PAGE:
Abstract

Gibson, C. M., Kirtane, A. J., Murphy, S. A., Rohrbeck, S., Menon, V., Lins, J., Kazziha, S., Rokos, I., Shammas, N. W., Palabrica, T. M., Fish, P., McCabe, C. H., Braunwald, E. Early initiation of eptifibatide in the emergency department before primary percutaneous coronary intervention for ST-segment elevation myocardial infarction: results of the Time to Integrilin Therapy in Acute Myocardial Infarction (TITAN)-TIMI 34 trial Am Heart J. 2006;152(4):668-75.

BACKGROUND: Early restoration of epicardial flow before primary percutaneous coronary intervention (PCI) for ST-segment elevation myocardial infarction (STEMI) has been associated with improved clinical outcomes.

METHODS: We hypothesized that early administration of the glycoprotein IIb/IIIa inhibitor eptifibatide in the emergency department (ED) would yield superior epicardial flow and myocardial perfusion before primary PCI compared with initiating eptifibatide after diagnostic angiography in the cardiac catheterization laboratory (CCL). Three hundred forty-three patients with STEMI were randomized to either early ED eptifibatide (n = 180) or CCL eptifibatide (n = 163). RESULTS: The primary end point (pre-PCI corrected TIMI frame count) was significantly lower (faster flow) with early eptifibatide (77.5 +/- 32.2 vs 84.3 +/- 30.7, P = .049). The incidence of normal pre-PCI TIMI myocardial perfusion was increased among patients treated in the ED versus CCL (24% vs 14%, P = .026). There was no excess of TIMI major or minor bleeding among patients treated in the ED versus CCL (6.9% [12/174] vs 7.8% [11/142], P = NS). CONCLUSION: A strategy of early initiation of eptifibatide in the ED before primary PCI for STEMI yields superior pre-PCI TIMI frame counts, reflecting epicardial flow, and superior TIMI myocardial perfusion compared with a strategy of initiating eptifibatide in the CCL without an increase in bleeding risk.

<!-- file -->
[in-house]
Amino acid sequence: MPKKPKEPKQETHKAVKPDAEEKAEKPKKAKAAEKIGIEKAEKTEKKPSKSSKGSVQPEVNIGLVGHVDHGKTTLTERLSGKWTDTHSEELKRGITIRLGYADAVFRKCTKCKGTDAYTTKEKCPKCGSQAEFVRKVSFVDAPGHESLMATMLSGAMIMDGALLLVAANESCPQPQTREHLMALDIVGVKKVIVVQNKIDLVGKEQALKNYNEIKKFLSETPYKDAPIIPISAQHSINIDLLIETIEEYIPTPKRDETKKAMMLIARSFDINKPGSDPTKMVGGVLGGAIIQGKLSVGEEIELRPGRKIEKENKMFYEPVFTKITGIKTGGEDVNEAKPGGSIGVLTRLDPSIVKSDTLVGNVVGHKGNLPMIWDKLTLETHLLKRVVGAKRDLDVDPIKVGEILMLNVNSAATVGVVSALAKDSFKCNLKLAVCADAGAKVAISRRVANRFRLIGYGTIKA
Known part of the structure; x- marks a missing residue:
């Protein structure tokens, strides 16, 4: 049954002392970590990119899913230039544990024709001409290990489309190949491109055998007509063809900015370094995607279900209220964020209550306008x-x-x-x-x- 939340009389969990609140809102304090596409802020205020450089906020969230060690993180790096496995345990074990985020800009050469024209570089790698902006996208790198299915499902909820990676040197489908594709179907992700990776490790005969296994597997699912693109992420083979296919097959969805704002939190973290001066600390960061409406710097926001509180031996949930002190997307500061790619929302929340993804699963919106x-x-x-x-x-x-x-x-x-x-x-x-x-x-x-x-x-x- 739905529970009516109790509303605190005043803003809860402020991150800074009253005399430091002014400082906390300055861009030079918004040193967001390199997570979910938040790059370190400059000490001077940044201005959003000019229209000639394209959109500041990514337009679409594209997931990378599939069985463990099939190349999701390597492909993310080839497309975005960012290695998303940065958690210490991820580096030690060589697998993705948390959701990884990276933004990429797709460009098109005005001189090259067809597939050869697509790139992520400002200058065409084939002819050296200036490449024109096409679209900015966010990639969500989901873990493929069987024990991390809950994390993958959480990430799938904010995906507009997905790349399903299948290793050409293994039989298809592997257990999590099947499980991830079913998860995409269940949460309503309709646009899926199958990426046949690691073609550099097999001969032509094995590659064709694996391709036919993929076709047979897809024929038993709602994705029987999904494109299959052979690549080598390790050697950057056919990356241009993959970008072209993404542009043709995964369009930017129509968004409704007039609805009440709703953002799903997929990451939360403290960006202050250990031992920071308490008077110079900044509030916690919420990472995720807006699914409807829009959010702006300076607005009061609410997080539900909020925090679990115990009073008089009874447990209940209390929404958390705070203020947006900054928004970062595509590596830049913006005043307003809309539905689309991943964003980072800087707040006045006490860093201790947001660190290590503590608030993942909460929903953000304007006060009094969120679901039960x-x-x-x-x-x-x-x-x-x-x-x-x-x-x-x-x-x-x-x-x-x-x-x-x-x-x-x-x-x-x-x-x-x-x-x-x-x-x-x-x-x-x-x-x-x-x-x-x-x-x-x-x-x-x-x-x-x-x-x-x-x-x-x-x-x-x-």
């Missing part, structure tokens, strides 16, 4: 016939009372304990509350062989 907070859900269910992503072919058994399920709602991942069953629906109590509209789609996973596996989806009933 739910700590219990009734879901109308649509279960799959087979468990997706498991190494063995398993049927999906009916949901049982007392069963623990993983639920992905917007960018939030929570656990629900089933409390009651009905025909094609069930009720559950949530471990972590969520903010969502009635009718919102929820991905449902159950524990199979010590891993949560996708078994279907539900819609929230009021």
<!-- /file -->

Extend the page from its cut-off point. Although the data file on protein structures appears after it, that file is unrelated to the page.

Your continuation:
Trial: TITAN-TIMI 34